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Windows Phone 7.5 Unleashed 1st Edition
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Top Customer Reviews
Although the chapter names usually highlight the main topic covered in the chapter, some chapters like chapter 2 cover a ton of topics. It covers XAP files, the capabilities model, threading model for graphics and animation, the frame rate counter, performance tools, how to determine device status, MVVM, and commands.
This book is 1095 pages huge and includes 29 in-depth chapters. It is broken into five parts. I have listed each part and the chapters below.
Part I. Windows Phone App Development Fundamentals
Chapter 1. Introduction to Windows Phone App Development
Chapter 2. Fundamental Concepts in Silverlight Development for Windows Phone
Chapter 3. Application Execution Model
Chapter 4. Page Orientation
Part II. Essential Elements
Chapter 5. Content Controls, Items Controls, and Range Controls
Chapter 6. Text Elements
Chapter 7. Media and Web Elements
Chapter 8. Taming the Application Bar
Chapter 9. Silverlight Toolkit Controls
Chapter 10. Pivot and Panorama
Part III. Windows Phone App Development
Chapter 11. Touch
Chapter 12. Launchers and Choosers
Chapter 13. Push Notification
Chapter 14. Sensors
Chapter 15. Geographic Location
Chapter 16. Bing Maps
Chapter 17. Internationalization
Chapter 18. Extending the Windows Phone Picture Viewer
Chapter 19. Camera
Chapter 20. Incorporating XNA Graphics in Silverlight
Chapter 21. Microphone and FM Radio
Chapter 22. Unit Testing
Part IV.Read more ›
Dan is one of the foremost experts on WP7, and this book certainly reflects that depth of knowledge. By the end of the book, as long as you aren't actually a turnip, you should be able to write WP applications with ease. (A caveat here though - there is an assumption that you are comfortable developing in C#; you don't have to be an expert, you just need to be able to recognise the basic constructs of the language).
Okay, that was an easy one. Now let's make it slightly harder. Does the book teach me Windows Phone programming in an easy to follow and entertaining way?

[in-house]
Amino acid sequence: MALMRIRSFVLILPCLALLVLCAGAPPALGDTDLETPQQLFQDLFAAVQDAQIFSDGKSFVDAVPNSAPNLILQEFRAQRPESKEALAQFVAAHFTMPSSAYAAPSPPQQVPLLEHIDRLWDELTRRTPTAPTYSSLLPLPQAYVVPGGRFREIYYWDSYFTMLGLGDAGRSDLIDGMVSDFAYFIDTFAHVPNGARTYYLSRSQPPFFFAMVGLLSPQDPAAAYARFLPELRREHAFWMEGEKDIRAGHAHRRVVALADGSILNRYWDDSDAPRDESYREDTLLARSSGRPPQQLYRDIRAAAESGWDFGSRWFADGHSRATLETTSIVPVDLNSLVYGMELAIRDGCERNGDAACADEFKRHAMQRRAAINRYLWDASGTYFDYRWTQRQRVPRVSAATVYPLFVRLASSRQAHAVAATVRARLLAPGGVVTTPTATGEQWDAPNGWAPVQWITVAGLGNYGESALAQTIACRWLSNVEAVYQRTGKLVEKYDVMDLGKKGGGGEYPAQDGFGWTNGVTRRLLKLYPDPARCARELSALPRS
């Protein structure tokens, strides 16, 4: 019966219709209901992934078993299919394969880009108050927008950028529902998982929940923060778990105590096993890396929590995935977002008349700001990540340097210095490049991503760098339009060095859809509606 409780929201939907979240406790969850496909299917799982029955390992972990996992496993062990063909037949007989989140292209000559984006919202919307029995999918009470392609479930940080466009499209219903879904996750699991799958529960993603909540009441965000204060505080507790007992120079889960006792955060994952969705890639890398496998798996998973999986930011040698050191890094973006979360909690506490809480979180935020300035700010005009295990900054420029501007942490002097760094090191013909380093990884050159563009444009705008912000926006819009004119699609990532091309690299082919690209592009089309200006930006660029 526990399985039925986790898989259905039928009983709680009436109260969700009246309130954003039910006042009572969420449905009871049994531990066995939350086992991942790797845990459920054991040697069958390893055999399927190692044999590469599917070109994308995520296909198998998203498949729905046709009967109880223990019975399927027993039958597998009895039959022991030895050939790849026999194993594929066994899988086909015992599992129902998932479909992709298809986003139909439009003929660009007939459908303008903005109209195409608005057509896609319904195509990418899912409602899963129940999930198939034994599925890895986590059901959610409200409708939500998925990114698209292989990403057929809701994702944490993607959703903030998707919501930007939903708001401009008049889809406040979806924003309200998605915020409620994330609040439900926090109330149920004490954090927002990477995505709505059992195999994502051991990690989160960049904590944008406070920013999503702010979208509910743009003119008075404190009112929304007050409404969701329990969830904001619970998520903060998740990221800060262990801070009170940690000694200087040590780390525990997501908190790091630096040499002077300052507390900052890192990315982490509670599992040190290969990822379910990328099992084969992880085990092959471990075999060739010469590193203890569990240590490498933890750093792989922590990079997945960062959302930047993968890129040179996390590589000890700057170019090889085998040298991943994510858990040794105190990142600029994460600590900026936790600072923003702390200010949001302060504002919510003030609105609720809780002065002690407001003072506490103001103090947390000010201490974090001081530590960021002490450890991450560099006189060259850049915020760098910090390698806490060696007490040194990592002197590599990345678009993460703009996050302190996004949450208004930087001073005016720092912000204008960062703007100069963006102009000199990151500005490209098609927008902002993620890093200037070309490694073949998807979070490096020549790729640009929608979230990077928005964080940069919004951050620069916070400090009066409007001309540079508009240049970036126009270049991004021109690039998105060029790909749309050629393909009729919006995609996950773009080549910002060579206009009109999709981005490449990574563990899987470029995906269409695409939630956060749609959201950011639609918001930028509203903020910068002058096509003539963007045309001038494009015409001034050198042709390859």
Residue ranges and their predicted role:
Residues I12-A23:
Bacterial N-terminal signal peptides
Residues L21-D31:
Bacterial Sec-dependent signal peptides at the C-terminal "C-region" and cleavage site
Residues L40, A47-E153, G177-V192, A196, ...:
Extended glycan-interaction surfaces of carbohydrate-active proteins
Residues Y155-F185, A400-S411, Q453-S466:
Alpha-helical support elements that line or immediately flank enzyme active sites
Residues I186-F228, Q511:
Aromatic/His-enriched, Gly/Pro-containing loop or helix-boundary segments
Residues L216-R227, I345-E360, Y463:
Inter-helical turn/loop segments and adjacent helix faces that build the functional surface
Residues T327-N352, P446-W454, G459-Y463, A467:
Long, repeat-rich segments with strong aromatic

One of the great things about Dan's prose is that he has a fluid, easy to read style, and he conveys complex topics in a simple jargon-light fashion. You're never going to get completely free of jargon in a book on programming, but the sign of a good author is one who doesn't scatter jargon around like rice at a wedding, and Dan keeps the jargon to the absolute minimum. Another gold star for Dan here.
Now, the biggy, and Dan's secret weapon. Can I take what I've learned and apply it in my own projects?
Most programming books, I find, teach you some of the concepts and then leave it up to you to figure out how these should all be bolted together, and to try and figure out on your own what the best practices are. This is no easy task. All through this book, however, Dan introduces you to a series of libraries that he's written that you can use for free.Read more ›
Inside, we are treated to 29 chapters of in-depth, full-colour content, loaded with great code samples and small applications.
Chapter 1 provides a very succinct introduction to the two types of Windows Phone application: XNA (for graphical apps or games) and Silverlight (for mainstream apps with buttons, textboxes, etc.) Little time is wasted; the "game loop" is touched on, as is how fonts are handled in Windows Phone apps.
This is the most complete Windows Phone development book that you can buy today. Speaking as somebody who has developed a handful of Windows Phone applications, this is a book that fills in a lot of the periphery development areas. Chapter 2, for example, discusses the fine detail required to get your application ready for submission to the Marketplace and how to pass your application over to other developers for testing. With the release of lower specification devices, this chapter's coverage of the Windows Phone Performance Analysis Tool is very welcome.
Chapter 2 also covers the de facto Model-View-ViewModel (MVVM) pattern. The author explains its use very well. He offers implementation enhancements that he has gained from real world development. The improvements are clearly explained using a combination of text and images where required. Importantly, we learn that the author is keen to help us build Windows Phone applications that are open to the benefits of unit testing.
Chapter 3 examines the application execution model. This is an important chapter; it governs how your application will behave in response to operating system events. In this chapter you'll find out how to save and restore your application's "state", e.g.Read more ›
Most Recent Customer Reviews
This book is Halfway between reference and instructional. There are many code snippets and library walkthroughs, but not in depth. Read morePublished on May 31, 2013 by Justin Zeck
The main point that you will take out of this book, which is not deeply detailed here, is the MVVM code setup. Read morePublished on May 26, 2013 by Serguei
The source code is not organised so you can actually run any of the examples. It is organised so you can view the source code. Read morePublished on December 14, 2012 by H Walker
Book has a wide contemplation, but some more exact examples are missing.
Those detail information I miss in book, not only somewhere searching with google.